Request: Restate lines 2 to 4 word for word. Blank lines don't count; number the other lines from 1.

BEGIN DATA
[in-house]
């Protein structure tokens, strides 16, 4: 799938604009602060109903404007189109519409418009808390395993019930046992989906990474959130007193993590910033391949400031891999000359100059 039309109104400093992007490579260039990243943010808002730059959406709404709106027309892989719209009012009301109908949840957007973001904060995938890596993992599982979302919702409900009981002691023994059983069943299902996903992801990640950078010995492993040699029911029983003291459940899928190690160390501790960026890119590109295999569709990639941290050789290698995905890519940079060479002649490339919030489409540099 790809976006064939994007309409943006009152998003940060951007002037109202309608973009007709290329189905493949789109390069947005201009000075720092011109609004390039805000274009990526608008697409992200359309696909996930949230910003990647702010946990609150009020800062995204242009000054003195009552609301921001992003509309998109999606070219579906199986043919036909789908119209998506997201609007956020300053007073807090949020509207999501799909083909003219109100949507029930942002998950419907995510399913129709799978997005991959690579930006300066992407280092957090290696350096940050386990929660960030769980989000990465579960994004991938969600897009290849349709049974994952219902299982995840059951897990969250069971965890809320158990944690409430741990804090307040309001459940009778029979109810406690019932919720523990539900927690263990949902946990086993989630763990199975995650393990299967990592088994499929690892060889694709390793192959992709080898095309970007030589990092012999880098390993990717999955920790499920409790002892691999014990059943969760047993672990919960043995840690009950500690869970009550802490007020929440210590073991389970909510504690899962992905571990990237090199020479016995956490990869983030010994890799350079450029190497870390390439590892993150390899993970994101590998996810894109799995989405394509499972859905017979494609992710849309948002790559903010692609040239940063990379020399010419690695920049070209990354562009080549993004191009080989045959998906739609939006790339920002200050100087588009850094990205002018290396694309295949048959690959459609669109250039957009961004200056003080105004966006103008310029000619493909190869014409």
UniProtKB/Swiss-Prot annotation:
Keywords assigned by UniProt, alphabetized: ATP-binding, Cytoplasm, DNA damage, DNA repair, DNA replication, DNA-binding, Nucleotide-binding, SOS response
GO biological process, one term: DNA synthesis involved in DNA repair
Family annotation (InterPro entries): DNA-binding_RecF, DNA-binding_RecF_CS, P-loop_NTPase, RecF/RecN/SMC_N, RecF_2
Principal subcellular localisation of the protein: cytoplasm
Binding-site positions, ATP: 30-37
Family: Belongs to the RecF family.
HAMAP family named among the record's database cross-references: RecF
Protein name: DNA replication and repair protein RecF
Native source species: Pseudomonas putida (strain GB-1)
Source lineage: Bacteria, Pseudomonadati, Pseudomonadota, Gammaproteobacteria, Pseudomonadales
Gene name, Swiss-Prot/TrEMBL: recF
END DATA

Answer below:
């Protein structure tokens, strides 16, 4: 799938604009602060109903404007189109519409418009808390395993019930046992989906990474959130007193993590910033391949400031891999000359100059 039309109104400093992007490579260039990243943010808002730059959406709404709106027309892989719209009012009301109908949840957007973001904060995938890596993992599982979302919702409900009981002691023994059983069943299902996903992801990640950078010995492993040699029911029983003291459940899928190690160390501790960026890119590109295999569709990639941290050789290698995905890519940079060479002649490339919030489409540099 790809976006064939994007309409943006009152998003940060951007002037109202309608973009007709290329189905493949789109390069947005201009000075720092011109609004390039805000274009990526608008697409992200359309696909996930949230910003990647702010946990609150009020800062995204242009000054003195009552609301921001992003509309998109999606070219579906199986043919036909789908119209998506997201609007956020300053007073807090949020509207999501799909083909003219109100949507029930942002998950419907995510399913129709799978997005991959690579930006300066992407280092957090290696350096940050386990929660960030769980989000990465579960994004991938969600897009290849349709049974994952219902299982995840059951897990969250069971965890809320158990944690409430741990804090307040309001459940009778029979109810406690019932919720523990539900927690263990949902946990086993989630763990199975995650393990299967990592088994499929690892060889694709390793192959992709080898095309970007030589990092012999880098390993990717999955920790499920409790002892691999014990059943969760047993672990919960043995840690009950500690869970009550802490007020929440210590073991389970909510504690899962992905571990990237090199020479016995956490990869983030010994890799350079450029190497870390390439590892993150390899993970994101590998996810894109799995989405394509499972859905017979494609992710849309948002790559903010692609040239940063990379020399010419690695920049070209990354562009080549993004191009080989045959998906739609939006790339920002200050100087588009850094990205002018290396694309295949048959690959459609669109250039957009961004200056003080105004966006103008310029000619493909190869014409």
UniProtKB/Swiss-Prot annotation:
Keywords assigned by UniProt, alphabetized: ATP-binding, Cytoplasm, DNA damage, DNA repair, DNA replication, DNA-binding, Nucleotide-binding, SOS response